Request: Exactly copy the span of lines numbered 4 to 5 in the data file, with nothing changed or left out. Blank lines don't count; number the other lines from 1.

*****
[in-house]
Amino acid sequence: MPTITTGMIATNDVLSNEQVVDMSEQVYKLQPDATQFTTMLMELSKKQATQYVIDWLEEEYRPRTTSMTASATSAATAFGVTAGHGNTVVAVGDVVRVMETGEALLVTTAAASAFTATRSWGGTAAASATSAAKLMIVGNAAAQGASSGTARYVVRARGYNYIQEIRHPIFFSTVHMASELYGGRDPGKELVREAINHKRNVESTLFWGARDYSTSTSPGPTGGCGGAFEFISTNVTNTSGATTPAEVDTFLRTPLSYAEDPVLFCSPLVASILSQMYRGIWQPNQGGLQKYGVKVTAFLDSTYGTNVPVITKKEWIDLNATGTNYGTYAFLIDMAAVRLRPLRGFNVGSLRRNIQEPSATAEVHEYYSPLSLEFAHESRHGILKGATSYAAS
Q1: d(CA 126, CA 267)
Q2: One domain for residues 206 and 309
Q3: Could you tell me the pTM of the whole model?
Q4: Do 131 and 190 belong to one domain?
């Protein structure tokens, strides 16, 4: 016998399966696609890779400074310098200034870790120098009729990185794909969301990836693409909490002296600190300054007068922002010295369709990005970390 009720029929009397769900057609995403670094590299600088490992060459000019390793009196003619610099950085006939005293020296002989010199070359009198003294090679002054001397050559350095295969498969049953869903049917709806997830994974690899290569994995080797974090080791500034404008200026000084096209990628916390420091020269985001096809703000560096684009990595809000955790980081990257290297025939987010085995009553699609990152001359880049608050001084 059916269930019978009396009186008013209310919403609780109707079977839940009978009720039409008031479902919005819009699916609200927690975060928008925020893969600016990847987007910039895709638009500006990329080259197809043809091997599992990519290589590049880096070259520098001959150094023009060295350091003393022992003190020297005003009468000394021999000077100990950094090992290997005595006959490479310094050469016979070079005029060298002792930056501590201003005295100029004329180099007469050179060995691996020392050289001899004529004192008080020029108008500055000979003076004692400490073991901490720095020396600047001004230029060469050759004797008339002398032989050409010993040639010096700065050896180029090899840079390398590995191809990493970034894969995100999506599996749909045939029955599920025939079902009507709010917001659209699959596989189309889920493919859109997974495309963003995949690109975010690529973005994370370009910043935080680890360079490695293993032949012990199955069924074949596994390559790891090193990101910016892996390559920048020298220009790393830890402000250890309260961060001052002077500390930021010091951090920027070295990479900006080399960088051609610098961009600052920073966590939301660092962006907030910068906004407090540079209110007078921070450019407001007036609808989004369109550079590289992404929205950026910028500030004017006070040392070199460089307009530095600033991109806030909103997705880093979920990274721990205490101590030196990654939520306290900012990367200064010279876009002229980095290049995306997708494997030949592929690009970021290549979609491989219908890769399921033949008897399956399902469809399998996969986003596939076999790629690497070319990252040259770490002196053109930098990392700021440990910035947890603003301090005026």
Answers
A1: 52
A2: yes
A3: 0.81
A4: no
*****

Q2: One domain for residues 206 and 309
Q3: Could you tell me the pTM of the whole model?